Autoimmune-induced Vitiligo Secondary to Microblading

The 28-year-old woman was diagnosed with vitiligo arising from the trauma of repeated microblading.

A 28-year-old woman was diagnosed with vitiligo arising from the koebnerisation effect of microblading.
A 28-year-old woman was diagnosed with vitiligo arising from the koebnerisation effect of microblading.

Two UK-based physicians, Emma Tierney, BMBS, and Gina M. Kavanagh, BMBS, shared a case report of a patient who experienced bilateral, symmetrical periocular depigmentation after eight years of repeated microblading of her eyebrows. The paper, published in the Journal of Cosmetic Dermatology (April 2021), recounts the case of a 28‐year‐old fair‐haired Lithuanian woman, who had a positive family history of autoimmune disease, but was otherwise systemically well and on no medication.

When the doctors examined the depigmented skin under Woods light, they found symmetrical, sharply demarcated, periocular depigmentation extending beyond both eyebrows and toward the medial canthi bilaterally. She also had a depigmented area on her right forearm.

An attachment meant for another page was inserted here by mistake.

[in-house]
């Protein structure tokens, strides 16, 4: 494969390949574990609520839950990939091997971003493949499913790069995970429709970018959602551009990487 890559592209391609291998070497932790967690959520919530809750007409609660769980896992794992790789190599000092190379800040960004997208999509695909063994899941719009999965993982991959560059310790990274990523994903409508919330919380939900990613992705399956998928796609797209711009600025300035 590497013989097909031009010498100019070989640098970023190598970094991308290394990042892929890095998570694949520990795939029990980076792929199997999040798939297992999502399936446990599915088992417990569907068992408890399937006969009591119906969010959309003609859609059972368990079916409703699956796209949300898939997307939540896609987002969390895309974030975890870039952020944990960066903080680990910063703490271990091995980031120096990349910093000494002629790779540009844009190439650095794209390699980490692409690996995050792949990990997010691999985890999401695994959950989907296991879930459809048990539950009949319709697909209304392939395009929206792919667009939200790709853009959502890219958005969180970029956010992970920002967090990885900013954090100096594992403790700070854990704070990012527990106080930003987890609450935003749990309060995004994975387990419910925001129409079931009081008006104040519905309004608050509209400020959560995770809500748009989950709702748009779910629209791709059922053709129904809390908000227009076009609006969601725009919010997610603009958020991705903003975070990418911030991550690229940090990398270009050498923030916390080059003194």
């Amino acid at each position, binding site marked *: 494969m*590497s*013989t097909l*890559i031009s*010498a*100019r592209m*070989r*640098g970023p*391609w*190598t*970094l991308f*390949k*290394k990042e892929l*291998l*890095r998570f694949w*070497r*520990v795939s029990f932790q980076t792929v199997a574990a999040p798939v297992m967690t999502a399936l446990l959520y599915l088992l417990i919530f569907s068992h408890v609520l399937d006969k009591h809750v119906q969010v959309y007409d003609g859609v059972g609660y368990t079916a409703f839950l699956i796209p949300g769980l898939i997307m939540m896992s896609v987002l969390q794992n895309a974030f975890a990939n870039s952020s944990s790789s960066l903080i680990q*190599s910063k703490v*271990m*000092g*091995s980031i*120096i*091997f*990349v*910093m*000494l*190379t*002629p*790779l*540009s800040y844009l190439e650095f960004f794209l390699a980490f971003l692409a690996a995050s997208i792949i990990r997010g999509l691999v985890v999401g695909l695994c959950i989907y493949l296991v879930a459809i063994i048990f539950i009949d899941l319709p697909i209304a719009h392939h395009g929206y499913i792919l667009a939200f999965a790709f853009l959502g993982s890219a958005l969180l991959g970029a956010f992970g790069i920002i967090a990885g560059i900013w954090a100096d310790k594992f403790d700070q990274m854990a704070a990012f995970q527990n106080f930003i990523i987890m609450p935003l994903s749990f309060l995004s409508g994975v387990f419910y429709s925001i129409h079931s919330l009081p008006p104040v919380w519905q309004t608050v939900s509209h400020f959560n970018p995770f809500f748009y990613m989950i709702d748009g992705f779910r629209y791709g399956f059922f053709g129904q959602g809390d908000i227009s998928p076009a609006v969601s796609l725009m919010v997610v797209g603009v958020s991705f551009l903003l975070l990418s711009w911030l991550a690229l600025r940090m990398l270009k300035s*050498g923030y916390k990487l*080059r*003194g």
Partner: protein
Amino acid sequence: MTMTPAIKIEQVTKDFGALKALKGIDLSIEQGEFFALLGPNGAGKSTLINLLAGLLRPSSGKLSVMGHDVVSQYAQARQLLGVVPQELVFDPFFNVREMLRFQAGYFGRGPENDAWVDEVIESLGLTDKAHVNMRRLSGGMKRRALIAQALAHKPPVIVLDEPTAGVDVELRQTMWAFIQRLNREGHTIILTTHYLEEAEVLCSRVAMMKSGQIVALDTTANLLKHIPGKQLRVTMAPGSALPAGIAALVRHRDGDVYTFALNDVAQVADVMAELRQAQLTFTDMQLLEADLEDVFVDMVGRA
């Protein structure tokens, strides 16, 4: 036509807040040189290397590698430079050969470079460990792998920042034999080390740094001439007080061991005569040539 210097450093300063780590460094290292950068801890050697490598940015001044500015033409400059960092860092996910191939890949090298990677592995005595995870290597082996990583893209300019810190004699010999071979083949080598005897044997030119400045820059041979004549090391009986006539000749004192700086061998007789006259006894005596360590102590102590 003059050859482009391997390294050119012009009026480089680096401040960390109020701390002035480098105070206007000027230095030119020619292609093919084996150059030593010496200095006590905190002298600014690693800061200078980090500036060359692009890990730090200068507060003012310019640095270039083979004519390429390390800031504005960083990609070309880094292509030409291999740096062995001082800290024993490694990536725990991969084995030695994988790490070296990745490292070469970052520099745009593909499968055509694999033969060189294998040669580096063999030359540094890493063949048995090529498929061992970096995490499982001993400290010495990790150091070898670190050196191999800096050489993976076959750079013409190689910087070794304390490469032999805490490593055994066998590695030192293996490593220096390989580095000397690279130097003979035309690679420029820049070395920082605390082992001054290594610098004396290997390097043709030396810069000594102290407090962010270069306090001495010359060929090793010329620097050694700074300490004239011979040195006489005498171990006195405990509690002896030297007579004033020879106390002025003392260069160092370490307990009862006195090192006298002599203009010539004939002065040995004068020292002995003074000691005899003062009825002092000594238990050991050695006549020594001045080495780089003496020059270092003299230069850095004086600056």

She was diagnosed with vitiligo, arising from the koebnerization effect of repeated microblading. The patient was prescribed Tacrolimus 0.1% ointment and advised to practice daily sun protection and avoidance for the depigmented areas. She was also referred to the practice’s skin camouflage clinic and advised to stop microblading.

Koebner phenomenon is the development of isomorphic pathologic lesions in the traumatized skin of patients who have cutaneous diseases, most commonly psoriasis, lichen planus and vitiligo.

The authors noted that, while patients with psoriasis and vitiligo are often aware of the possibility of koebnerization with trauma, they might not necessarily consider cosmetic procedures to be “traumatic” and, therefore, should be counseled accordingly. “In addition, both of these autoimmune conditions can arise at any stage of life, with trauma potentially acting as the trigger,” they wrote.

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